Published on November 9, 2023, 3:30 am

Recent research by cybersecurity company NordVPN reveals that approximately 10,000 individuals in Singapore have fallen victim to online identity theft. These stolen identities are then sold on bot markets for an average price of SG$8. This concerning trend highlights the pressing need for increased cybersecurity measures in the country.

Compared to other Asian countries, this number is particularly high. For example, Japan experienced 13,000 cases of online identity theft, but considering the significantly larger number of internet users in Japan, the proportion in Singapore is much higher.

Bot markets are online platforms where hackers sell data that they have obtained through data-harvesting malware. The types of data sold include logins, cookies, digital fingerprints, and other pieces of information that collectively form a person’s digital identity.

This growing threat has already impacted millions of people worldwide, with cybercriminals selling webcam snapshots, screenshots, up-to-date logins, cookies, and digital fingerprints. What differentiates bot markets from other dark web marketplaces is their ability to centralize a large amount of personal data about an individual. Moreover, once the bot has been sold to a buyer, the seller guarantees ongoing updates as long as the victim’s device remains infected.

At NordVPN, Marijus Briedis (the CTO) comments on this alarming situation: “A simple password is no longer worth money to criminals when they can buy logins, cookies and digital fingerprints in one click for just eight Singapore dollars.” This statement underscores the shift in focus for cybercriminals towards acquiring comprehensive sets of personal data rather than merely exploiting weak passwords.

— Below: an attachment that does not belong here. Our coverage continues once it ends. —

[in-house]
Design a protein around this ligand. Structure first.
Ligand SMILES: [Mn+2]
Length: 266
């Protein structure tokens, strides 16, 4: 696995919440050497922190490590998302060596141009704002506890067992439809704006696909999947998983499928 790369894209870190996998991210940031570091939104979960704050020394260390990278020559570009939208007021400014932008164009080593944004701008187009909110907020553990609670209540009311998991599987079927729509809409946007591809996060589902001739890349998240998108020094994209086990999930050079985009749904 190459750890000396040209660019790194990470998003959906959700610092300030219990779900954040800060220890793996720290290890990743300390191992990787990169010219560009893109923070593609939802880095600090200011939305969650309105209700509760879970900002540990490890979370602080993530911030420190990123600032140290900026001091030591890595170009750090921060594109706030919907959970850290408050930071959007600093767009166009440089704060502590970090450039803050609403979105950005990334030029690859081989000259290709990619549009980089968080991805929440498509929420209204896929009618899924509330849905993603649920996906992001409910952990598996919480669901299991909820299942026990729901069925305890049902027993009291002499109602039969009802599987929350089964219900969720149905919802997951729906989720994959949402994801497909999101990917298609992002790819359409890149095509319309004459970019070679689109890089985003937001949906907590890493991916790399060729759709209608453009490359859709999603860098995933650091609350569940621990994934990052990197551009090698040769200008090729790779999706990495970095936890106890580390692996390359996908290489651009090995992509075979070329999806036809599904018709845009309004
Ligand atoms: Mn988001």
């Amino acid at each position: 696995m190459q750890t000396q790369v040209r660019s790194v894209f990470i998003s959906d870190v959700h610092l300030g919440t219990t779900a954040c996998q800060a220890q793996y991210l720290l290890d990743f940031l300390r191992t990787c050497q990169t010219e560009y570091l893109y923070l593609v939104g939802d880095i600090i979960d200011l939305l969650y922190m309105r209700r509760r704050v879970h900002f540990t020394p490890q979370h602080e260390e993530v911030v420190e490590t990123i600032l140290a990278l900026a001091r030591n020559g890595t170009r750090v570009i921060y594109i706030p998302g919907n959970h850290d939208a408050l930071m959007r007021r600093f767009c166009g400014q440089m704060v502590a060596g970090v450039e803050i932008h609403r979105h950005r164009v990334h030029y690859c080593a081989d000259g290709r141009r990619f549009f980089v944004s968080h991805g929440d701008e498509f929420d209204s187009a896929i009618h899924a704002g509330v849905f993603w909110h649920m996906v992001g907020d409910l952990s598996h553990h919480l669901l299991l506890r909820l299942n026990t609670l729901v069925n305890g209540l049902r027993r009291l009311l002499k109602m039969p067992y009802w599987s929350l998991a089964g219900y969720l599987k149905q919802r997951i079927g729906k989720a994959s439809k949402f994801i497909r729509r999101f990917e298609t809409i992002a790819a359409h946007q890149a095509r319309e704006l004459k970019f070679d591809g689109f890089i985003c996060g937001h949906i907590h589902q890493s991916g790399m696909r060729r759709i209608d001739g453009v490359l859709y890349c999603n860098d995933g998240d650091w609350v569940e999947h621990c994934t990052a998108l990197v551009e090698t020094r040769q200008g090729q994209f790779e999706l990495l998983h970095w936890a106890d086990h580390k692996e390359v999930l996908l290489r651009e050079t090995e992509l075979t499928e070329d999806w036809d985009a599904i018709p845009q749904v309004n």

The research conducted by NordVPN analyzed three major bot markets: Genesis Market, Russian Market, and 2Easy. All three markets were active and accessible on the surface web at the time of evaluation. The investigation into bot markets was carried out in collaboration with independent third-party cybersecurity incident researchers.

Interestingly, certain types of malware have been identified as particularly effective at stealing data. These include RedLine, Vidar, Racoon, Taurus, and AZORult.

Bot markets provide hackers with an easier route to exploit victims’ data. Even an inexperienced cybercriminal can gain access to someone’s Facebook account using stolen cookies and digital fingerprints, enabling them to bypass multi-factor authentication. Once logged in, a hacker can deceive the victim’s friends by sending malicious links or requesting money transfers. They may also post false information on social media feeds, leveraging stolen autofill form data or device screenshots to make their actions appear more credible.

The consequences of this type of identity theft extend beyond the individual level. Sophisticated criminals leverage the acquired data to launch phishing attacks specifically aimed at businesses. By impersonating employees of targeted companies, these criminals seek financial gain or aim to damage a company’s reputation.

In order to safeguard against such threats, NordVPN CTO Marijus Briedis advises individuals to use antivirus software at all times. Additionally, employing password managers and file encryption tools can provide further protection by reducing the amount of data accessible to criminals in the event that a device becomes infected.

So what types of information do hackers sell on bot markets? The research conducted by NordVPN found that stolen data includes screenshots and webcam snapshots of users’ devices. Furthermore, logins and credentials from various platforms such as Google (720 thousand), Microsoft (654 thousand), and Facebook (647 thousand) were discovered on these markets. Additionally, hackers obtain stolen cookies (667 million), digital fingerprints (81 thousand), and autofill forms (538 thousand).

These findings shed light on the urgent need for improved cybersecurity practices among individuals and organizations alike in order to safeguard personal information from falling into the wrong hands.

In conclusion, with cases of online identity theft rising rapidly, it is crucial for community members and businesses alike to prioritize cybersecurity measures. By implementing robust protective measures such as antivirus software, password managers, and file encryption tools, individuals can significantly reduce the risk of falling prey to cybercriminals. Additionally, raising awareness about these bot markets and their activities can help prevent further exploitation of personal data. By taking proactive actions, Singapore and other nations can create a safer digital environment for everyone.

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